“The other challenge is to improve the survival rate of babies who are born with HIV. The ideal case would be to prevent TB in newborns altogether. UNAIDS has called for the elimination of paediatric HIV by 2015. We have to eliminate paediatric HIV and should move ahead to achieve this goal in our country. Treating all positive pregnant women and mothers with full ART regimen, and looking after their health to prevent the transmission to the baby needs to be given top priority. If we do that we can prevent any child from being born with HIV. It is really a tragedy to have so many children being born with HIV, who may develop meningitis, spend months in hospitals, fend for themselves in orphanages and even die at a young age because of complications,” said Dr Swaminathan.
Dr Swaminathan’s worries are also about “dealing with the several thousand babies born with the HIV infection. To detect them early and put them on treatment is a challenge because half of the HIV+ babies born with the infection will die by their second birthday if not treated because the disease progresses much more rapidly in babies. There is now a government programme where a sample of the blood of all babies born to HIV+ mothers is sent to labs and tested by DNA-PCR. If tested positive it is confirmed by a second blood test and then the infant is put on treatment. But as of now this programme is not working very efficiently, and in more than 50% of such babies the second test is not done. Thus no treatment is begun in babies who need it urgently. They have to be on lifelong treatment. Dosages need to be monitored all the time along with their growth and weight. Most of such children are underweight, and develop growth retardation quite early. It is this group which needs maximum nutritional support. Like the TB-HIV infected patients, children with HIV also need nutritional support at a very early age. ART has to be started quite early to prevent growth retardation.”
According to her, “The other issue in childhood HIV is connected with the disclosure-- what to tell the child and when to tell the child. When they are small they keep on taking their medicines but at about 13-14 years children start asking questions. Parents themselves may be positive and find it difficult to answer these questions. So there is need of trained psychologists to give counselling especially when the child reaches teenage. Adolescents don’t know much. Nobody has told them anything. They have a lot of miss-conceptions, fears and a lot of psychological problems. Mental health suffers a lot.”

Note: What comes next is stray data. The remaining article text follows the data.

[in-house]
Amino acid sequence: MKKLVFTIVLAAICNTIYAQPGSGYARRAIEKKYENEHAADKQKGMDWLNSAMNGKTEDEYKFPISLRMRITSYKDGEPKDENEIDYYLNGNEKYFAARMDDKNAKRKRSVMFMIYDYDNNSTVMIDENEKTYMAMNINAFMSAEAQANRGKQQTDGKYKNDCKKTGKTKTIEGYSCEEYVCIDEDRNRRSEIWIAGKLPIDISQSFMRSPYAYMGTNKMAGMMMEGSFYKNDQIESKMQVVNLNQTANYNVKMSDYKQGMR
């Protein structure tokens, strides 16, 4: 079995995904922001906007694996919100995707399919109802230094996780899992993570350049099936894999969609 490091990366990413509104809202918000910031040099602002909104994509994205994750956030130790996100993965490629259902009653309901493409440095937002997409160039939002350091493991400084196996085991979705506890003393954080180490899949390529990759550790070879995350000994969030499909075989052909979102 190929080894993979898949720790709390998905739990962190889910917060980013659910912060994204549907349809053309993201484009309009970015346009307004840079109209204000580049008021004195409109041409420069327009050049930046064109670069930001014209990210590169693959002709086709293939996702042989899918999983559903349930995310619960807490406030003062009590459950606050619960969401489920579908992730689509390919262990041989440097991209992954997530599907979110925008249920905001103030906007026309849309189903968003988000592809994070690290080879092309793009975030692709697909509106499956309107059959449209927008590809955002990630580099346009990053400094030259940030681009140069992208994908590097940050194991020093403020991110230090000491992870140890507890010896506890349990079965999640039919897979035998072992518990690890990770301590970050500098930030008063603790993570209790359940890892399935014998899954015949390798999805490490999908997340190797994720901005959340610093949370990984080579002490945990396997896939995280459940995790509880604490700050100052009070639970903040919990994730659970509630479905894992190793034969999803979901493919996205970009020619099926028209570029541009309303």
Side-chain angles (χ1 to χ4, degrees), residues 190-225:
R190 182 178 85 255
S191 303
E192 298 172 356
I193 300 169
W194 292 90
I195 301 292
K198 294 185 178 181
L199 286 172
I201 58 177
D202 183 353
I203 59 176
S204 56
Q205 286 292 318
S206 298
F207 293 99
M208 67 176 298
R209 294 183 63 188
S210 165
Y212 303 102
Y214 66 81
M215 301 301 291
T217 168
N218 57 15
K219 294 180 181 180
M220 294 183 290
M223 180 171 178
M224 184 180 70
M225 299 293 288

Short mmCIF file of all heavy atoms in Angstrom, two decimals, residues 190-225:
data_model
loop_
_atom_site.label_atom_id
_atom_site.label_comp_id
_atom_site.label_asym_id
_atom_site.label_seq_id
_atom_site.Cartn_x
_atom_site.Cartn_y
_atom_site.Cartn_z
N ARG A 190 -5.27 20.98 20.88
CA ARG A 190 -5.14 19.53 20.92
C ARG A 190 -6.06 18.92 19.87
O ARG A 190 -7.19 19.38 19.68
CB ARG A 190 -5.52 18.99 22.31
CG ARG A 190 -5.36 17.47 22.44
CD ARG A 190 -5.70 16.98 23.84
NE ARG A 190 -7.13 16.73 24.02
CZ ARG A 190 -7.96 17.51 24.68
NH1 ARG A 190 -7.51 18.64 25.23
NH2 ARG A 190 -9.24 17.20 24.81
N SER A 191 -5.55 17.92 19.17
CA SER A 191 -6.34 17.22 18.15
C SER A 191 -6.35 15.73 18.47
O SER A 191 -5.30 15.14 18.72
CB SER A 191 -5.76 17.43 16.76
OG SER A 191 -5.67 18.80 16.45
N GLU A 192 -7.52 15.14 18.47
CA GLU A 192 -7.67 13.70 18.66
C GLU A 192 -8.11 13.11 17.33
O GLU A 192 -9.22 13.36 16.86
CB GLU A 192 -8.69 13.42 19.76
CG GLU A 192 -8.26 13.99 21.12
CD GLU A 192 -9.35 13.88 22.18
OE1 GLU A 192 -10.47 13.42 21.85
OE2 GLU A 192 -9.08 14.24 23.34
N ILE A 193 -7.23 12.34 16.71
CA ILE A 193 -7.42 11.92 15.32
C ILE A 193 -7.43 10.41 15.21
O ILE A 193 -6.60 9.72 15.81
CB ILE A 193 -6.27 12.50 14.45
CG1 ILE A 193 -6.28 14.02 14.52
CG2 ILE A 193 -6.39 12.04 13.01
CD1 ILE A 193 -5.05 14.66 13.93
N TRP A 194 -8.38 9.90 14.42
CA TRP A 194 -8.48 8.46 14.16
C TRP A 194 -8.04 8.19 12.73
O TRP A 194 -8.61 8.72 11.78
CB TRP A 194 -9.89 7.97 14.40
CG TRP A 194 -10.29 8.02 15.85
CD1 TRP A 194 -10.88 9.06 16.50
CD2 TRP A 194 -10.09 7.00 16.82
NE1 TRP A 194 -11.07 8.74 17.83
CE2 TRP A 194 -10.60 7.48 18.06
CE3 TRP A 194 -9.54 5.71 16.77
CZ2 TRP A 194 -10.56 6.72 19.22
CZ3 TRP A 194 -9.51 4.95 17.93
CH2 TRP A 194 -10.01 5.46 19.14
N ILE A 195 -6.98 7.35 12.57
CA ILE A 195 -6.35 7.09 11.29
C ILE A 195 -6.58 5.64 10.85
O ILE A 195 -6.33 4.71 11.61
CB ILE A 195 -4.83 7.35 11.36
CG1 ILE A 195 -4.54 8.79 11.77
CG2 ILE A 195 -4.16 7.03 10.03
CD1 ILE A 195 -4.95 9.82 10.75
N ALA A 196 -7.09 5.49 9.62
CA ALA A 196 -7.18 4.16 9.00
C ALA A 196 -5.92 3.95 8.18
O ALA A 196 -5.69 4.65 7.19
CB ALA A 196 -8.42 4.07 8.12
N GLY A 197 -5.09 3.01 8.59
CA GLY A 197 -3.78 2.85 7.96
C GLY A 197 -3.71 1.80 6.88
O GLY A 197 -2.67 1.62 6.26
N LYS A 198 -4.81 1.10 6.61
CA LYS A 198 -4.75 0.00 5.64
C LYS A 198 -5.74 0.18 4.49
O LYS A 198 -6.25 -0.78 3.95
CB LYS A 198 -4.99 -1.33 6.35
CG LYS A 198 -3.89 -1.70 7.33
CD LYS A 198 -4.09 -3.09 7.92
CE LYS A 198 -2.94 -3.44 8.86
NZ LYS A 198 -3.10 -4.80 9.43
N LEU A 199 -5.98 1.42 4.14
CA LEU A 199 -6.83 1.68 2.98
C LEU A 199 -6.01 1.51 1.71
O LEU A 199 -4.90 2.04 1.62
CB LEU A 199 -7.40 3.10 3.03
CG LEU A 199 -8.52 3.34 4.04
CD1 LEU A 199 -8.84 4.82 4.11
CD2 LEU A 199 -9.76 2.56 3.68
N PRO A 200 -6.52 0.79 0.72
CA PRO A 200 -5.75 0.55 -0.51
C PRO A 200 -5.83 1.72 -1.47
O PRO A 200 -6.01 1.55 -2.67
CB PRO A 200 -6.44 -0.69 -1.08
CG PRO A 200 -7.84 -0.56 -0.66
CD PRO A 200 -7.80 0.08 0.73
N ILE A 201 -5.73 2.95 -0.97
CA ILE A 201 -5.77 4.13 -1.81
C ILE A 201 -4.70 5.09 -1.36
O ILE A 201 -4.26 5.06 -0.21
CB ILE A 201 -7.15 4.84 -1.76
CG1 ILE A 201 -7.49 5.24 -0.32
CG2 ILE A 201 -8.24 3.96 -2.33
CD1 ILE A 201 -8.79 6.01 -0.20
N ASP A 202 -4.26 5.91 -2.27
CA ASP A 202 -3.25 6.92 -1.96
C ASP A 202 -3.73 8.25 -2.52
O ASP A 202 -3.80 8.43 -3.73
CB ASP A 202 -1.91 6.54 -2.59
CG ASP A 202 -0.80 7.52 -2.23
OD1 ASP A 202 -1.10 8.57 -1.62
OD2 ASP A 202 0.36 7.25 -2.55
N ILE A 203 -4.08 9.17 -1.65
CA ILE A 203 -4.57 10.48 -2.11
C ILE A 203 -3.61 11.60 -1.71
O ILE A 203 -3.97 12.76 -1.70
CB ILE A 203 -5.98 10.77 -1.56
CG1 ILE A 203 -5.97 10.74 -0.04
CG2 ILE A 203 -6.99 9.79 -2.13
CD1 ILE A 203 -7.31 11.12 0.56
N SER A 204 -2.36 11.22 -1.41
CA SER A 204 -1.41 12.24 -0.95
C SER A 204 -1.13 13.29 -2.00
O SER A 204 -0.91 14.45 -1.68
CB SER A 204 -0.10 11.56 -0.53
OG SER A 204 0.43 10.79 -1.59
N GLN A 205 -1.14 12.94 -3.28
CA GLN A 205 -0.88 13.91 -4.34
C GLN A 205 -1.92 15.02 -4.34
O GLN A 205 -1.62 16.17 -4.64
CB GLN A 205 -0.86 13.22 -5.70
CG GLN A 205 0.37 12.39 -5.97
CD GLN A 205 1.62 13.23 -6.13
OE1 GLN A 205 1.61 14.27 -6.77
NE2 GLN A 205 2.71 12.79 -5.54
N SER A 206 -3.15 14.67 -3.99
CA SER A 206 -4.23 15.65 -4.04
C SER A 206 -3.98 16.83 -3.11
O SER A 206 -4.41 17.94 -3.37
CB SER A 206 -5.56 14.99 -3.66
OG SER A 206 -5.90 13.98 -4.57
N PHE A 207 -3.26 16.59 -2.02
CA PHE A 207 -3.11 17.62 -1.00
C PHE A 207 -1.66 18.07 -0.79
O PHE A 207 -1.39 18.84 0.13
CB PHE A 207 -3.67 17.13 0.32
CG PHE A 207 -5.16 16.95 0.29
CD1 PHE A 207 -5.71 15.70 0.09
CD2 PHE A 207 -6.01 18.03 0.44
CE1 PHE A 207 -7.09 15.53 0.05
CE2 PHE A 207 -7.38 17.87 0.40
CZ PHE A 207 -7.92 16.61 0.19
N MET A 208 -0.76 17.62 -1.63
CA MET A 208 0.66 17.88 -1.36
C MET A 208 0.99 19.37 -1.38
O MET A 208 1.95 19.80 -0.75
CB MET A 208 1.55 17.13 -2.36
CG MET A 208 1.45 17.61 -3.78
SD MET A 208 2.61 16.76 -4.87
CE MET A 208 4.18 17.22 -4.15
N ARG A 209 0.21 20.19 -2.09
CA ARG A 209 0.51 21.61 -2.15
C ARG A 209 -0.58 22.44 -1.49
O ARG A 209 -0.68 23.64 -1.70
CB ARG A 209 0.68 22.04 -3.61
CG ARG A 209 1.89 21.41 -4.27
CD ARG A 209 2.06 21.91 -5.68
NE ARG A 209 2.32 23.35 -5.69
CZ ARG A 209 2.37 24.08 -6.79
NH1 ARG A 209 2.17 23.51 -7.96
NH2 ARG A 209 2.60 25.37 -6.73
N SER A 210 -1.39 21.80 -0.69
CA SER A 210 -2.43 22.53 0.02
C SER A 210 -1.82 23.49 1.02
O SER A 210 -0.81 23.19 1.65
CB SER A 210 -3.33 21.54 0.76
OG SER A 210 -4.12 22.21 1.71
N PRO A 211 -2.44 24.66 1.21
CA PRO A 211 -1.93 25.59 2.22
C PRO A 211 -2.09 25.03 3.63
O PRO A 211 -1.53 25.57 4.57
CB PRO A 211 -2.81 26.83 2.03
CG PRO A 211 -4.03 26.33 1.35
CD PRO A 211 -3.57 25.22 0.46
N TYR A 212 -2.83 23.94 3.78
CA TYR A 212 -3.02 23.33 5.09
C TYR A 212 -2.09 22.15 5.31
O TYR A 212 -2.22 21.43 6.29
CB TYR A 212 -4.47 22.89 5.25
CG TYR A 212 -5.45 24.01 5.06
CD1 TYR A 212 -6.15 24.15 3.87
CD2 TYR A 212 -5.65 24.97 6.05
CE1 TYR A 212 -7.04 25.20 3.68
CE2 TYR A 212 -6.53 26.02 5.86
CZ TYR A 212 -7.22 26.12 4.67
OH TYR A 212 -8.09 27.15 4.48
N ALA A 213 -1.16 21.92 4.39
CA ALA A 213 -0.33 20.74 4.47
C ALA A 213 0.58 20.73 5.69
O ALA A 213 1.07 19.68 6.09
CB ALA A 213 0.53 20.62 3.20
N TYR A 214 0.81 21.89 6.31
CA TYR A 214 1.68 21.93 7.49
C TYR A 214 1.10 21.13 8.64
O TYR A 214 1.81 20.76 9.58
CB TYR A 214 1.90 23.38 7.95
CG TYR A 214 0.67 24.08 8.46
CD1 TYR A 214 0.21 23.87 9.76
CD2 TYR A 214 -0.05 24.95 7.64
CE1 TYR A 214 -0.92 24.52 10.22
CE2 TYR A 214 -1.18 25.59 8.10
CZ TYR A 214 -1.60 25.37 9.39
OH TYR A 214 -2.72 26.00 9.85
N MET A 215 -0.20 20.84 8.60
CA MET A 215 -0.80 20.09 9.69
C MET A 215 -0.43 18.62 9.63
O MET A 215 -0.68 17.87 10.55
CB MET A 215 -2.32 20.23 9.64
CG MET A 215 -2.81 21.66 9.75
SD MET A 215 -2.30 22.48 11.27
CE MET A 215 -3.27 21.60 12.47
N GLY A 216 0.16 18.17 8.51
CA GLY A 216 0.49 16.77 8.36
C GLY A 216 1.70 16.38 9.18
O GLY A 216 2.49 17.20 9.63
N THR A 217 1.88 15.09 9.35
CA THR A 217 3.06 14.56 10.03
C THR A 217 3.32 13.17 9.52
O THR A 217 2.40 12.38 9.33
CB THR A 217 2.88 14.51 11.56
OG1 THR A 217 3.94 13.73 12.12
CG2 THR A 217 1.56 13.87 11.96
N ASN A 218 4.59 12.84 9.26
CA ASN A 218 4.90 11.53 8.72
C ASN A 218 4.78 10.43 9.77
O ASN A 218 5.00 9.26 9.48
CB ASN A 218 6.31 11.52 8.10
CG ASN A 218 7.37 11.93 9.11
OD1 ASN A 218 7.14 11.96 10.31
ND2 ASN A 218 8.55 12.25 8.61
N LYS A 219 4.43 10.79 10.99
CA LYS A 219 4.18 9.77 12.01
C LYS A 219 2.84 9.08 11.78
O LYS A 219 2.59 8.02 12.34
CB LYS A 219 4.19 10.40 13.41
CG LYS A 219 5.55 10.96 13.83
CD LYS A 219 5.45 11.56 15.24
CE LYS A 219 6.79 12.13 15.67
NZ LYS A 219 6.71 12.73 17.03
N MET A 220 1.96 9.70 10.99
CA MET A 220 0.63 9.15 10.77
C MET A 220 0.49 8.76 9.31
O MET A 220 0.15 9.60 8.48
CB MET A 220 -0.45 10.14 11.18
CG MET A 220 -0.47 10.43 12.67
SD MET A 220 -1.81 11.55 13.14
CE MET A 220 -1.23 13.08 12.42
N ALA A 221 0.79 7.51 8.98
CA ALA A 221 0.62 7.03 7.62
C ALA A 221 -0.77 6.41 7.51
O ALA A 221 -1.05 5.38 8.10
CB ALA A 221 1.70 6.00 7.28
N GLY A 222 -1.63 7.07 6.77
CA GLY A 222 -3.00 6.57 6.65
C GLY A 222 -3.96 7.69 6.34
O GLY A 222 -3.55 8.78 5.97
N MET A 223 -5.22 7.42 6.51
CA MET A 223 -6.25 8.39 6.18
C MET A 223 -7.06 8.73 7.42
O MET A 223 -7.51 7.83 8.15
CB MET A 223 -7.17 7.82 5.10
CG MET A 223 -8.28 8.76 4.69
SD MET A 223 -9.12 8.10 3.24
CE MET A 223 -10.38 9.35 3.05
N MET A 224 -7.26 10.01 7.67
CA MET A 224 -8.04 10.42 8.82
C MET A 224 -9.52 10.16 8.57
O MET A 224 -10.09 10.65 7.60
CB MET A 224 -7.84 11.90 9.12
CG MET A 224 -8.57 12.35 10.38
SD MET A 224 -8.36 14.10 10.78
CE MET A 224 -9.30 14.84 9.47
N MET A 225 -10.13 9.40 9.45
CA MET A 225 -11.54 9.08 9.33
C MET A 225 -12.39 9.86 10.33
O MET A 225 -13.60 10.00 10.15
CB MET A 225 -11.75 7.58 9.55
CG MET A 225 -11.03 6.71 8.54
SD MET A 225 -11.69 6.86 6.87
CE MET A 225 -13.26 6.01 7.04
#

Dr Jelle Thole, Director of TuBerculosis Vaccine Initiative (TBVI) stressed upon the need to develop safe vaccines that can be used in HIV exposed positive children as the existing BCG vaccine, being a live vaccine, is not safe in HIV infected children. He informed that, “There is a very rich pipeline, particularly of boosting vaccines to be used in children, adolescents and adults to boost the previous BCG vaccine. There are also vaccines that are focussing on replacing BCG, which are priming vaccines that can be used in neonates and young individuals and these are now in clinical phase II trials. These boosting vaccines are subunit vaccines-- usually proteins delivered by a virus-- and hence safe for HIV+ children. New recombinant BCG vaccines are also being developed and these are much more attenuated than the current BCG which again means that they are safer in HIV+ children.”
The forthcoming XIX International AIDS Conference (AIDS 2012) taking place in Washington DC, purports to be a premier gathering for those working in the field of HIV, as well as policymakers, people living with HIV and others committed to developing strategies for collective efforts to treat and prevent HIV and the opportunistic co-infections associated with it. Let us hope that AIDS 2012 will play a key role in shaping international responses to the devastating impact of this epidemic on children around the world. (CNS)
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Posted on: July 17, 2012 09:11 PM IST